Abstract: Species of the eutetrarhynchid genus Hispidorhynchus Schaeffner and Beveridge, 2012 possess an uncinate macrohook on the bothrial surface of the basal swelling of each tentacle. This unique feature of the oncotaxy is only shared with the closely related genus Oncomegas Dollfus, 1929. A new species of Hispidorhynchus is described from specimens infecting Styracura schmardae (Werner, 1904) (Potamotrygonidae) from the western Caribbean Sea off the coast of Belize and Panama. Hispidorhynchus styracurae n. sp. differs from its 3 congeners in the possession of smaller and narrower bulbs, fewer principle hooks in the metabasal armature, size of the macrohook, and different scolex proportions. Scanning electron microscopy reveals new information on the microthrix morphology of the genus. A diagnostic key for the differentiation of species of Hispidorhynchus is provided. In addition, new host and locality records are reported for Oncomegas wageneri (Linton, 1890) Dollfus, 1929, collected from Hypanus guttatus (Bloch and Schneider, 1801) (Dasyatidae) off the coast of Maceió, Alagoas (Brazil). This considerably expands the geographical distribution of this species in the western Atlantic Ocean.
Latest Research Articles
BAKHOUM, S. (2019) Fish Assemblages in Surf Zone of the Egyptian Mediterranean Coast off Alexandria. Turkish Journal of Fisheries and Aquatic Sciences, 19 (4): 351 362 http://dx.doi.org/10.4194/1303 2712 v19_4_09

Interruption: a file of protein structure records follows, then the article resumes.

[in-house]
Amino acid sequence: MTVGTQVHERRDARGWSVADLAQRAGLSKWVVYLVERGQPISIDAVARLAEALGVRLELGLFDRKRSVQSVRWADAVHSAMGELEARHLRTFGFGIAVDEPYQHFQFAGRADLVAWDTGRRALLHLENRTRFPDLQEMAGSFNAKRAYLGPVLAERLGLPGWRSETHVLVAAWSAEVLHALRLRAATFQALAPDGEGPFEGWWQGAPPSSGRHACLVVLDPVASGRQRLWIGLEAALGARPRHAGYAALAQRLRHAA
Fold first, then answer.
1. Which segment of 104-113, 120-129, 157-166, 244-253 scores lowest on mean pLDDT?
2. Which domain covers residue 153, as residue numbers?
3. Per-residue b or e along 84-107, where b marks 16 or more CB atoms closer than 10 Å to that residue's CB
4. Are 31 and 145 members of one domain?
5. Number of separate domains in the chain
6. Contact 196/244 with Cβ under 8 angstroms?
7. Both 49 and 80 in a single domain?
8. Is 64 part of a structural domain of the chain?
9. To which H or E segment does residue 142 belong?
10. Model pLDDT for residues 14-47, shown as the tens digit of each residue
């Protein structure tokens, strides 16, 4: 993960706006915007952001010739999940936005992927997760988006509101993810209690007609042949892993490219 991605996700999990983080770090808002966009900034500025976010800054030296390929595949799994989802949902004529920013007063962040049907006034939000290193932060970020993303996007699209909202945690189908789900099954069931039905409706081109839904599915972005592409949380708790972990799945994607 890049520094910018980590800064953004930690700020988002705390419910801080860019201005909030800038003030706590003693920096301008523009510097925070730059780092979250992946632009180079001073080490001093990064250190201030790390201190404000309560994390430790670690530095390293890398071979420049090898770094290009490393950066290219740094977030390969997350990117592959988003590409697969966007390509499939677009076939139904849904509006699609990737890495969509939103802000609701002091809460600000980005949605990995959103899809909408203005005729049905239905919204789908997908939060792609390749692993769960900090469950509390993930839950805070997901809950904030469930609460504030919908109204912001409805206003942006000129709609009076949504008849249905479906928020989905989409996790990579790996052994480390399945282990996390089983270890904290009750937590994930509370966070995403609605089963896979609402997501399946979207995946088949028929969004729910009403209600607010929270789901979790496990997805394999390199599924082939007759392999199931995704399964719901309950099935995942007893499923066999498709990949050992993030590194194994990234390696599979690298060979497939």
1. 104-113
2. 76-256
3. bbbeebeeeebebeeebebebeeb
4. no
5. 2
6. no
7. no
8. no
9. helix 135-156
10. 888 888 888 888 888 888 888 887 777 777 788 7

BORNATOWSKI, H. & HUSSEY, N.E. & SAMPAIO, C.L.S. & BARRETO, R.R.P. (2019) Geographic bias in the media reporting of aquatic versus terrestrial human predator conflicts and its conservation implications. Perspectives in Ecology and Conservation, in press http://dx.doi.org/10.1016/j.pecon.2018.12.004
BRACCINI, J.M. & WALTRICK, D. (2019) Species specific at vessel mortality of sharks and rays captured by demersal longlines. Marine Policy, 99: 94 98 http://dx.doi.org/10.1016/j.marpol.2018.10.033
BROWN, J. & BEARD, A. & CLINGHAM, E. & FRICKE, R. & HENRY, L. & WIRTZ, P. (2019) The fishes of St Helena Island, central Atlantic Ocean new records and an annotated check list. Zootaxa, 4543 (2): 151 194 http://dx.doi.org/10.11646/zootaxa.4543.2.1
BUTLER, J.R.A. & BUSILACCHI, S. & SKEWES, T. (2019) How resilient is the Torres Strait Treaty (Australia and Papua New Guinea) to global change? A fisheries governance perspective. Environmental Science & Policy, 91: 17 26 http://dx.doi.org/10.1016/j.envsci.2018.10.005
DUCHATELET, L. & CLAES, J.M. & MALLEFET, J. (2019) Embryonic expression of encephalopsin supports bioluminescence perception in lanternshark photophores. Marine Biology, 166: 21 http://dx.doi.org/10.1007/s00227 019 3473 9
DZYUBA, V. & NINHAUS SILVEIRA, A. & KAHANEC, M. & VERISSIMO SILVEIRA, R. & RODINA, M. & HOLT, W.V. & DZYUBA, B. (2019) Sperm motility in ocellate river stingrays: evidence for post testicular sperm maturation and capacitation in Chondrichthyes. Journal of Zoology, 307 (1): 9 16 http://dx.doi.org/10.1111/jzo.12610